1) James Cullen, Sabina G. Knees, H. Suzanne Cubey “The European Garden Flora Flowering Plants: A Manual for the Identification of Plants Cultivated in Europe, Both Out-of-Doors and Under Glass” Cambridge University Press, 11/Aug./2011
2) David Hunt, Nigel Taylor “The New Cactus Lexicon” DH Books, 2006
3) Edward F. Anderson “The Cactus Family” Timber Press, 2001
4) Nathaniel Lord Britton, Joseph Nelson Rose “Cactaceae: Descriptions and Illustrations of Plants of the Cactus Family” Volume 3, 1922
5) Paul S Martin, Davis Yetman, Mark Fishbein, Phil Jenkins, Thomas R. van Devender, & Rebecca K. Wilson "Gentry's Río Mayo Plants: The Tropical Deciduous Forest & Environs of Northwest Mexico" University of Arizona Press, 1998
6) Natt Noyes Dodge, Jeanne R. Janish "Flowers of the Southwest Deserts" Western National Parks Association, 01/gen/1985
7) Del Weniger "Cacti of the Southwest: Texas, New Mexico, Oklahoma, Arkansas, and Louisiana" University of Texas Press, 1969
8) Del Weniger "Cacti of Texas and Neighboring States: A Field Guide" University of Texas Press, 1984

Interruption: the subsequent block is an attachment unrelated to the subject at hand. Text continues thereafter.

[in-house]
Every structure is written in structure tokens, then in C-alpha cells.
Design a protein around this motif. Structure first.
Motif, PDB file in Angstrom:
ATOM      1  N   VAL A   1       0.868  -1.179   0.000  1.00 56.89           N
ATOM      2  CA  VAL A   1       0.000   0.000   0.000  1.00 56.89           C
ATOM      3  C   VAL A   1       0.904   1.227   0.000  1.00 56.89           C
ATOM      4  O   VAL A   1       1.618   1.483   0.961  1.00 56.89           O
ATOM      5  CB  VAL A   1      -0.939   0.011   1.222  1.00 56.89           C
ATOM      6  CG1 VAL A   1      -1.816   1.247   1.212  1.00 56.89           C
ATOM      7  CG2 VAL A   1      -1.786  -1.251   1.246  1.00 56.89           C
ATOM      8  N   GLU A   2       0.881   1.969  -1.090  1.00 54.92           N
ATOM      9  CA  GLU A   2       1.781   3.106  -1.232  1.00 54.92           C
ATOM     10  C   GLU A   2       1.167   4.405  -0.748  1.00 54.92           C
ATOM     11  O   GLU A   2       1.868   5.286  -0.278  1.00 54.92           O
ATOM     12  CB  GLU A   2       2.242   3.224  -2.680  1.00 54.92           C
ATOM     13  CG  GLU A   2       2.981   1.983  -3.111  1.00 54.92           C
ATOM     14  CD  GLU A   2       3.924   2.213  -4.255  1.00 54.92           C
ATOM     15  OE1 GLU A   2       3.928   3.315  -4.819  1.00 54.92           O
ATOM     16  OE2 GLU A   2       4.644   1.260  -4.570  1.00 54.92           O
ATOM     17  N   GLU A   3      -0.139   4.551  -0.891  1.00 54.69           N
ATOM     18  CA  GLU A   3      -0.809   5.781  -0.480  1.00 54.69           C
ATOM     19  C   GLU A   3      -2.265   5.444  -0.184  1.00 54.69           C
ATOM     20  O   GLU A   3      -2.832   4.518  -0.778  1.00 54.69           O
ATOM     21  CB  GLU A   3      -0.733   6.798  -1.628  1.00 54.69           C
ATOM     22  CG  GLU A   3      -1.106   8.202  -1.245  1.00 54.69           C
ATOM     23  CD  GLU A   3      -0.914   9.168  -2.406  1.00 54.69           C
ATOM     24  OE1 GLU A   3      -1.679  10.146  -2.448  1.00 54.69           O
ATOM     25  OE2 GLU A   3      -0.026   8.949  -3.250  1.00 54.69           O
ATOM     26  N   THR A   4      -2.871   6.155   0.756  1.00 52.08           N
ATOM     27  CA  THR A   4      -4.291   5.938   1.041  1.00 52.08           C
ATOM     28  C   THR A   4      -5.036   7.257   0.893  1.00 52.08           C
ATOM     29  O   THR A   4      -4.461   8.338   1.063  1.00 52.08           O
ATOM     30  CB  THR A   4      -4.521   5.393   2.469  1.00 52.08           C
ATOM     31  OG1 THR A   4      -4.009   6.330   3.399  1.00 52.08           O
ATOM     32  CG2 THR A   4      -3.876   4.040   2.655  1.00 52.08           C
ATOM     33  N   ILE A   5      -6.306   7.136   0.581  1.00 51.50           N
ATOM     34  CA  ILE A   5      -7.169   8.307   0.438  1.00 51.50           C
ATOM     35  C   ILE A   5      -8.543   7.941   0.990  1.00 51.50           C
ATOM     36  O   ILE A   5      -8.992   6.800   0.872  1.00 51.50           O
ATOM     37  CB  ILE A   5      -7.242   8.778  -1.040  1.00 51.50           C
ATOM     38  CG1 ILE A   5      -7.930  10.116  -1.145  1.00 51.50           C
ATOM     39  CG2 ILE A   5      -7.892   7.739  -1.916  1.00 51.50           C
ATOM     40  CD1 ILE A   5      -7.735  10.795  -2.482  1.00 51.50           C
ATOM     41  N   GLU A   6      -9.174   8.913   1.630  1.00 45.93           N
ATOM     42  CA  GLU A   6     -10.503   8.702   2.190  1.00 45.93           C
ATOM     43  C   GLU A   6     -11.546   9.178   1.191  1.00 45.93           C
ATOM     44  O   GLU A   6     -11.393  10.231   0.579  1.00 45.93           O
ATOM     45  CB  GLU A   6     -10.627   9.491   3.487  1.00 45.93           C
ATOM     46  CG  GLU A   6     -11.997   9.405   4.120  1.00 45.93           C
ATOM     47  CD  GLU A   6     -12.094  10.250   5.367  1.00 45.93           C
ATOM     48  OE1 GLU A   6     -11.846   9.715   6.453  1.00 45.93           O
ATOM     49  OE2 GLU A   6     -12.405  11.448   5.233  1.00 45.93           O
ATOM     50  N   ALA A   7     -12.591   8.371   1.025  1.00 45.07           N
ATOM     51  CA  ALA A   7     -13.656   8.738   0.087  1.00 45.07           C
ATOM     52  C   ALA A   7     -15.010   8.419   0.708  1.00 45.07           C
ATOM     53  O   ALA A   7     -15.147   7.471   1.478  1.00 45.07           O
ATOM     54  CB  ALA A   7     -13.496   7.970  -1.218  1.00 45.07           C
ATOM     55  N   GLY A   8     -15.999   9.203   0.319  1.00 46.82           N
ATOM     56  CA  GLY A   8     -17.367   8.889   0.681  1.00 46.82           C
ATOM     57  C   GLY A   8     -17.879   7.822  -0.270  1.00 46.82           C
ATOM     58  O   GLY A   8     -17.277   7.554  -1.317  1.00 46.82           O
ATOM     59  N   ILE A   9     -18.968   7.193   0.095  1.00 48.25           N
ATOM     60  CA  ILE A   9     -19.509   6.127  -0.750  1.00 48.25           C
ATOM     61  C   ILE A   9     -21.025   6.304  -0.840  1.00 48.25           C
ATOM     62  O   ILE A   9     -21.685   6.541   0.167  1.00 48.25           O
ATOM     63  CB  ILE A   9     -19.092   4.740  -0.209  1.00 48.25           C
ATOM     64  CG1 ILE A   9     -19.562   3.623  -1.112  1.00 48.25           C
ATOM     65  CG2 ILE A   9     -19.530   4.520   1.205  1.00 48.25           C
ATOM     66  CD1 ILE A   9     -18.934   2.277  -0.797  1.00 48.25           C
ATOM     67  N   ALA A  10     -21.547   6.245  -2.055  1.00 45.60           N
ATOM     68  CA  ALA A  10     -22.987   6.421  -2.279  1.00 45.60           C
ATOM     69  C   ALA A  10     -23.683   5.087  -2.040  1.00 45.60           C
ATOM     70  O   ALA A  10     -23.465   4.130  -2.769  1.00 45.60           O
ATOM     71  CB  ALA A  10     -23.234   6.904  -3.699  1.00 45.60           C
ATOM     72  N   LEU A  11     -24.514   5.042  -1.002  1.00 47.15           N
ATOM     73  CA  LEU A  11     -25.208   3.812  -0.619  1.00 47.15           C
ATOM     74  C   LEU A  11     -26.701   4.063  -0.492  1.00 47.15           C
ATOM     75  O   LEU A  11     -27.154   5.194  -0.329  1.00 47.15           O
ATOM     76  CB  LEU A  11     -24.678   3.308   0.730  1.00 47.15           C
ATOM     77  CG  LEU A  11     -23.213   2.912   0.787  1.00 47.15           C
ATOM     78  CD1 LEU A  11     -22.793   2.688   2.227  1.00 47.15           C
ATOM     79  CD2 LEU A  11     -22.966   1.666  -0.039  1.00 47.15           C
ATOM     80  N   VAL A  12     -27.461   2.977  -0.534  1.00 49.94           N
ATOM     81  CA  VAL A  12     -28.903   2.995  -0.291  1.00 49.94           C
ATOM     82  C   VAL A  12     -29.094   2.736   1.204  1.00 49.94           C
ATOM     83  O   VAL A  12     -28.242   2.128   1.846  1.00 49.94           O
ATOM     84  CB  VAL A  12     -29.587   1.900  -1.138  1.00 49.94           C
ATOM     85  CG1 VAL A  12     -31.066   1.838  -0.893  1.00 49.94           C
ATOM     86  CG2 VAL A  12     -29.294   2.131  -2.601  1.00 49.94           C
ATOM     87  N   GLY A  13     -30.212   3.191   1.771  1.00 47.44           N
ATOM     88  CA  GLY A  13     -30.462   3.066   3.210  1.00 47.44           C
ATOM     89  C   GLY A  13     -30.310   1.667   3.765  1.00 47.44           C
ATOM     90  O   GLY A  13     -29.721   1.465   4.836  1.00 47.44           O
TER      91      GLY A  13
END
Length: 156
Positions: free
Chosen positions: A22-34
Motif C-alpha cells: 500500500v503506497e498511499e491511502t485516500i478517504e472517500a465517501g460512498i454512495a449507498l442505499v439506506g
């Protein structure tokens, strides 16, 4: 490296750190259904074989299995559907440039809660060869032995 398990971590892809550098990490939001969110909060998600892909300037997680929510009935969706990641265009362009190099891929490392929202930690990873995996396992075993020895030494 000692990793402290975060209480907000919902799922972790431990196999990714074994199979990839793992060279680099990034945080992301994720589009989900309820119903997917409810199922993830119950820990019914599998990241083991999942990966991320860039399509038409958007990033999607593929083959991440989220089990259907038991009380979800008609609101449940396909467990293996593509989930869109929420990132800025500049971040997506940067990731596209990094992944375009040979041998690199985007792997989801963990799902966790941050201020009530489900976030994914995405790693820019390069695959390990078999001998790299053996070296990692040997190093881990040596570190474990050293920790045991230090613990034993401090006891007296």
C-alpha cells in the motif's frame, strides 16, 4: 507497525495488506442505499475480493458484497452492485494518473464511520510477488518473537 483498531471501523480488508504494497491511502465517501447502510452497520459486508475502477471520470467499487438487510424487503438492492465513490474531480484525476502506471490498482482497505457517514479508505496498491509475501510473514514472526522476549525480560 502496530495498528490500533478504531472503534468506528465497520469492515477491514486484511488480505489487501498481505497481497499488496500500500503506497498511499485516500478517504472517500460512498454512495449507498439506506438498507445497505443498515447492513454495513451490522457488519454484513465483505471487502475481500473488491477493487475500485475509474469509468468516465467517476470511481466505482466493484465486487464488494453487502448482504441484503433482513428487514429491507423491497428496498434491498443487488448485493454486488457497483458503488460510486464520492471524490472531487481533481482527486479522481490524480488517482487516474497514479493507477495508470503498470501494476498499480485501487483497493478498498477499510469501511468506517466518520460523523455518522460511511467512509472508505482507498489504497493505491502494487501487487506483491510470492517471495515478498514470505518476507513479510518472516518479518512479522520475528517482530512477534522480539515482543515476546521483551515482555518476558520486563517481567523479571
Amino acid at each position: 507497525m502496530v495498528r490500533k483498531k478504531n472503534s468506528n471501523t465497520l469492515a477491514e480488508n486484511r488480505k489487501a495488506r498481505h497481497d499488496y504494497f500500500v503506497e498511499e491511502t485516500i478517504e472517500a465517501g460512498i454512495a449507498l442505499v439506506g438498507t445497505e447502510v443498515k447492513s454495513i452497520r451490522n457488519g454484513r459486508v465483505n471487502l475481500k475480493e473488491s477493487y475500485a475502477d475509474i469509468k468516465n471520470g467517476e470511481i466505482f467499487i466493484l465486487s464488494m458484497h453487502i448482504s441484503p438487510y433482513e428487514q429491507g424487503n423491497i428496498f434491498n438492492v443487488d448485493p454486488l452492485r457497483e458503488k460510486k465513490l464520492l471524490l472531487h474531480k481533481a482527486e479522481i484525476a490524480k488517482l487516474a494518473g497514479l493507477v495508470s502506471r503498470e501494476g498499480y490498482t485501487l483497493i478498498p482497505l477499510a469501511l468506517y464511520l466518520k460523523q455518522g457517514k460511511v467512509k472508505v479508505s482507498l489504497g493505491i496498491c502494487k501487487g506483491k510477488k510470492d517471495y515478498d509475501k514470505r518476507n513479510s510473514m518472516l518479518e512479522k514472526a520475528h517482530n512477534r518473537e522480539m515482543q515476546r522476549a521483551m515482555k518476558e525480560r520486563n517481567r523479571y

Cultivation and Propagation: In culture Echinocereus papillosusSN|8474]] is without problems, easy to grow, very attractive and regularly shows its beautiful flowers, if provided with an adequate winter rest period.
Soil: It grows well in a rich, well drained soil such us clay, pumice, lava grit, and only a little peat or leaf-mould, but it isn't picky about soil.
Repotting: If potted, repot them preferably in the spring, if their roots become cramped. Generally, they should be repotted every other year in order to provide fresh soil. However, this doesn't necessarily mean they'll need larger containers. Fill about a quarter of the pot with broken crocks, gravel, etc. to promote good drainage. After repotting, do not water for a week or more. Use pot with good drainage.